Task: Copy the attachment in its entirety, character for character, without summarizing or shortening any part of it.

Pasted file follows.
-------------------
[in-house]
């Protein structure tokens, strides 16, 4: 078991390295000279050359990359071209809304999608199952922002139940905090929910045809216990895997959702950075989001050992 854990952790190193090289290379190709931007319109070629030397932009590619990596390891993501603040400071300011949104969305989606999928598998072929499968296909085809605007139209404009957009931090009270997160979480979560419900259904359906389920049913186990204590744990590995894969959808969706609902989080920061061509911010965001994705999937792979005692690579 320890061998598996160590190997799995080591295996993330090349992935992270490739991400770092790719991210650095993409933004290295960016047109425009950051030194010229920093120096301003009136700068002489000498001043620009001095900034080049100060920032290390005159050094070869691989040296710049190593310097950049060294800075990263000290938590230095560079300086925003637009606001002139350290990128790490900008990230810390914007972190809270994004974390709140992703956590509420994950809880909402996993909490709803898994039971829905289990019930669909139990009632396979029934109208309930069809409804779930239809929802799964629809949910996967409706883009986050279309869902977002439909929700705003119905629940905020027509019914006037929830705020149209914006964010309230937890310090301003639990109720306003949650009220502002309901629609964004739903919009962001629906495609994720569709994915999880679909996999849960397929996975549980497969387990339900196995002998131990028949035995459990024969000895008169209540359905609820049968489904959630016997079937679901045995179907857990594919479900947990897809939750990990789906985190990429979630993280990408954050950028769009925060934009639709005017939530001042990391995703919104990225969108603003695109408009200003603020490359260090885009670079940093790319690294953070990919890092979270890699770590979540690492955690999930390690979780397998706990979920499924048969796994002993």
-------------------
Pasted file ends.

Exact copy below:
[in-house]
């Protein structure tokens, strides 16, 4: 078991390295000279050359990359071209809304999608199952922002139940905090929910045809216990895997959702950075989001050992 854990952790190193090289290379190709931007319109070629030397932009590619990596390891993501603040400071300011949104969305989606999928598998072929499968296909085809605007139209404009957009931090009270997160979480979560419900259904359906389920049913186990204590744990590995894969959808969706609902989080920061061509911010965001994705999937792979005692690579 320890061998598996160590190997799995080591295996993330090349992935992270490739991400770092790719991210650095993409933004290295960016047109425009950051030194010229920093120096301003009136700068002489000498001043620009001095900034080049100060920032290390005159050094070869691989040296710049190593310097950049060294800075990263000290938590230095560079300086925003637009606001002139350290990128790490900008990230810390914007972190809270994004974390709140992703956590509420994950809880909402996993909490709803898994039971829905289990019930669909139990009632396979029934109208309930069809409804779930239809929802799964629809949910996967409706883009986050279309869902977002439909929700705003119905629940905020027509019914006037929830705020149209914006964010309230937890310090301003639990109720306003949650009220502002309901629609964004739903919009962001629906495609994720569709994915999880679909996999849960397929996975549980497969387990339900196995002998131990028949035995459990024969000895008169209540359905609820049968489904959630016997079937679901045995179907857990594919479900947990897809939750990990789906985190990429979630993280990408954050950028769009925060934009639709005017939530001042990391995703919104990225969108603003695109408009200003603020490359260090885009670079940093790319690294953070990919890092979270890699770590979540690492955690999930390690979780397998706990979920499924048969796994002993």